Midwinter Pottery

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Midwinter Pottery
Former type Private company (subsidiary of Wedgwood Group)
Industry Pottery
Founded 1910
Defunct 1987
Headquarters Burslem, Stoke-on-Trent, England
Key people Roy Midwinter (Director)
Products Ceramics
Employees 700+ (1930s)
Parent Wedgwood Group

The Midwinter Pottery was founded in Burslem, Stoke-on-Trent, in 1910 and had become one of England's largest potteries by the late 1930s with more than 700 employees.

Close up of a jug and side plates in the popular Zambesi design, 1950s
Galaxy, a hand painted design by Jessie Tait, 1950s
Midwinter ware from the Mexicana range
English Garden, transfer printed on the 'Fine' shape, late 1960s

History[edit]

In the 1950s, under the leadership of the director Roy Midwinter, the company became one of the leading innovators in British tableware production. A large part of this was due to the noted ceramicists and designers who worked for the pottery, including Jessie Tait, Terence Conran, Hugh Casson, John Russell[disambiguation needed] and Peter Scott. The Midwinter Pottery was also an innovator in producing 'accessories' to their basic dinner services and tea sets. The Clayburn Pottery, a sister company to Midwinter, made pieces such as lamp bases that could be added to a Midwinter dinner service. In the 1960s, the Spanish Garden design, that was very successful on dinner ware and tea sets, adorned articles such as a bread bin and chopping board.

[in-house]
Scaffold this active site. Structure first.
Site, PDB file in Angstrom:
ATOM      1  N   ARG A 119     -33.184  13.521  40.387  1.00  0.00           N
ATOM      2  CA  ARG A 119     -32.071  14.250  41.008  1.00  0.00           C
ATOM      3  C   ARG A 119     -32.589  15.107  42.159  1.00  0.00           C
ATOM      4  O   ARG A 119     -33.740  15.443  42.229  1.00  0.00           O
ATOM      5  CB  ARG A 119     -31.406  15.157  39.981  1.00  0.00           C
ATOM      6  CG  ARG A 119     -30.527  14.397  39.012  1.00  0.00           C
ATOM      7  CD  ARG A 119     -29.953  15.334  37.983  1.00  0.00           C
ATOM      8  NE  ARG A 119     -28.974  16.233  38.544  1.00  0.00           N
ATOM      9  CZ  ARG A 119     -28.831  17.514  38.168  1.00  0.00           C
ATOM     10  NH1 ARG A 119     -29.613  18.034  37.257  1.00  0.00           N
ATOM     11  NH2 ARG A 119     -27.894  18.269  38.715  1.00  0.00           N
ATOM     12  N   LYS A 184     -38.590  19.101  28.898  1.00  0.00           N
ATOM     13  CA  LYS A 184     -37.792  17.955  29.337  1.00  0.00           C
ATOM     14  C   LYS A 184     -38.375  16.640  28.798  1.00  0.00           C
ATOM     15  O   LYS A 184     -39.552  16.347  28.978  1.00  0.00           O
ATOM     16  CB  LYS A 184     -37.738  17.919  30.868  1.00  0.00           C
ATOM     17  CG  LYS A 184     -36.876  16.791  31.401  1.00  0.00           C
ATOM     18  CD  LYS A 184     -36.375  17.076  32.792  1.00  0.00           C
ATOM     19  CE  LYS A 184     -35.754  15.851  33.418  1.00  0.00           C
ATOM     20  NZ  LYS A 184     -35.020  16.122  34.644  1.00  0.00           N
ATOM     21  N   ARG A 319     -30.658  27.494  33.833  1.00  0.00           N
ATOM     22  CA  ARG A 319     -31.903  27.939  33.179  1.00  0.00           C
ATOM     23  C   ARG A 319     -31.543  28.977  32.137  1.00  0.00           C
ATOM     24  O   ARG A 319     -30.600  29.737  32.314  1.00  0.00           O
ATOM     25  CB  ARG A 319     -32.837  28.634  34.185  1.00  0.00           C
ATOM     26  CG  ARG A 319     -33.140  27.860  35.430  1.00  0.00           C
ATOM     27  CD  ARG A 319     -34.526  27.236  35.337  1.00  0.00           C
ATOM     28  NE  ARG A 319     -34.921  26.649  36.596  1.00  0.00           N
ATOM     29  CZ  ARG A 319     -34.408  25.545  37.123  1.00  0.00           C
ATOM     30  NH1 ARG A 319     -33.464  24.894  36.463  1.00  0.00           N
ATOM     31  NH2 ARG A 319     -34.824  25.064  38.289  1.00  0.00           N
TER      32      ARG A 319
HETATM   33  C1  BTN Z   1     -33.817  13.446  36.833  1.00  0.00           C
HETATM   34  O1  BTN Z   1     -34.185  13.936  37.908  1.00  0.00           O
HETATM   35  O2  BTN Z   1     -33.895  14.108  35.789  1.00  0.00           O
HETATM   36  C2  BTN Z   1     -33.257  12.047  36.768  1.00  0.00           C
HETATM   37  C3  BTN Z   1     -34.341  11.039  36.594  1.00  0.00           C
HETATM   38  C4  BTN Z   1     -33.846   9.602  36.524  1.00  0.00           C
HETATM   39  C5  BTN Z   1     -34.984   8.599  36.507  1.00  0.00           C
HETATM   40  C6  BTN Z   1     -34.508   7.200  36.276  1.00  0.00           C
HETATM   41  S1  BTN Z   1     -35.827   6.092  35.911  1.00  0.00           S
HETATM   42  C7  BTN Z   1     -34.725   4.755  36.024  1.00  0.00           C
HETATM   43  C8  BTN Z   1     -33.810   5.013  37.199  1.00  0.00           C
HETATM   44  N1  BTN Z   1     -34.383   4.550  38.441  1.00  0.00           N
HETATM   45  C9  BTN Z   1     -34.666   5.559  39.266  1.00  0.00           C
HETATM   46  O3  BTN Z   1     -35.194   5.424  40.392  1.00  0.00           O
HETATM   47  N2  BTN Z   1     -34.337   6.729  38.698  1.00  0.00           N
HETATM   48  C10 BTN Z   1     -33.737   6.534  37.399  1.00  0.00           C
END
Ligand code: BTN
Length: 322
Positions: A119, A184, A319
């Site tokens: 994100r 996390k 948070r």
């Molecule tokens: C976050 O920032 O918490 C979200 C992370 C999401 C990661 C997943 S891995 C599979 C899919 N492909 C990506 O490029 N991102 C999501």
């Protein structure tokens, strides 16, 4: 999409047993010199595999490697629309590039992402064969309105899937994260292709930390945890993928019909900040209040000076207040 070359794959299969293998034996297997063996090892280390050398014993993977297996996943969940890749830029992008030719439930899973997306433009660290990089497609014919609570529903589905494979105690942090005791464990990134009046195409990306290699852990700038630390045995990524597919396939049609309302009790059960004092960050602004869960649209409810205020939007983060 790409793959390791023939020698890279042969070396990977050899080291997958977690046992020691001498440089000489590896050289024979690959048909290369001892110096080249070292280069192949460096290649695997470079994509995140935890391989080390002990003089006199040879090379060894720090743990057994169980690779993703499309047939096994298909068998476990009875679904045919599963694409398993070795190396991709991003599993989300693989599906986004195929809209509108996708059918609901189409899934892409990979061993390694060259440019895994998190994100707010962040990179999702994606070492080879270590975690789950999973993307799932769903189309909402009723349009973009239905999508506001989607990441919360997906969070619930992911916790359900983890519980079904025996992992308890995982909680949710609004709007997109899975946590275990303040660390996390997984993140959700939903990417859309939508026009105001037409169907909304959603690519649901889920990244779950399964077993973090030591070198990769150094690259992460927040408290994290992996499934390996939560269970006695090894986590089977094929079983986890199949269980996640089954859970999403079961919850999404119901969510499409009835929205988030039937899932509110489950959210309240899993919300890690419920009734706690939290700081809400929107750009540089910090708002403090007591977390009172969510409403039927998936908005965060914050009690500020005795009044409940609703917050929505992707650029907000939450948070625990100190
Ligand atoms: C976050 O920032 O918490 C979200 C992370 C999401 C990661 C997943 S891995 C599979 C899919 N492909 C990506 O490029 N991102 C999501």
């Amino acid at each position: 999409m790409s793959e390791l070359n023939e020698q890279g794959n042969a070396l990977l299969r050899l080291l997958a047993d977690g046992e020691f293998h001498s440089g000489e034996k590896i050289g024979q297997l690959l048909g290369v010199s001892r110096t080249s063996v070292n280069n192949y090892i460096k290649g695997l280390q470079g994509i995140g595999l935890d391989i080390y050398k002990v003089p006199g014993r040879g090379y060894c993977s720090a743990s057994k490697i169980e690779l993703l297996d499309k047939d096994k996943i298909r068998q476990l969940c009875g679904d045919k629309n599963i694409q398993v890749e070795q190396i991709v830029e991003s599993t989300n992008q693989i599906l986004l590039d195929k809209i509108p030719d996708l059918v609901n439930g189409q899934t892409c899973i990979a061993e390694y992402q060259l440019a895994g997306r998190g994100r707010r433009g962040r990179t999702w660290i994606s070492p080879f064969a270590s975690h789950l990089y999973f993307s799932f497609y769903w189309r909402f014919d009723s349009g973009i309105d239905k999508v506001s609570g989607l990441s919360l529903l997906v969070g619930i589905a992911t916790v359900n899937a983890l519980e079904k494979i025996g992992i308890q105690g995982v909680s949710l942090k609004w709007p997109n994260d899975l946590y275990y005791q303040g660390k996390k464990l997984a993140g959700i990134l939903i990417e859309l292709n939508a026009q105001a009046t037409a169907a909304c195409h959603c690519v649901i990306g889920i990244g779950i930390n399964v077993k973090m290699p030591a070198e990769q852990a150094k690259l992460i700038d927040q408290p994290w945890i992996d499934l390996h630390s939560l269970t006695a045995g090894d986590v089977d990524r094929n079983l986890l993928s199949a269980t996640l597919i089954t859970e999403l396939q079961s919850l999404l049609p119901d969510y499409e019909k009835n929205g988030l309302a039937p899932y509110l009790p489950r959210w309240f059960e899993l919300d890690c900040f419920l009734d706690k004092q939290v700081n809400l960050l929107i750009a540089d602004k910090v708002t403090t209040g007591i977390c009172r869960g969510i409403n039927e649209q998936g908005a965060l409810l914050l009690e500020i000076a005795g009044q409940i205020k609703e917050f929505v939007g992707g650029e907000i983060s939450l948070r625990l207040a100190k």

The costs involved in developing two unsuccessful new ranges weakened the company, and there was a takeover by J. & G. Meakin in 1968. In 1970 Meakin was itself bought out by Wedgwood. Pottery was produced under the Midwinter name from their factory until 1987.

Many of the pieces produced by Midwinter in the 1950s and 1960s have become highly collectible, being typical of the styles of those eras.

Bibliography[edit]

MIDWINTER A Collector's guide - Alan Peat, Cameron and Hollis, 1992, ISBN 0-906506-06-9 (Now being reprinted on demand)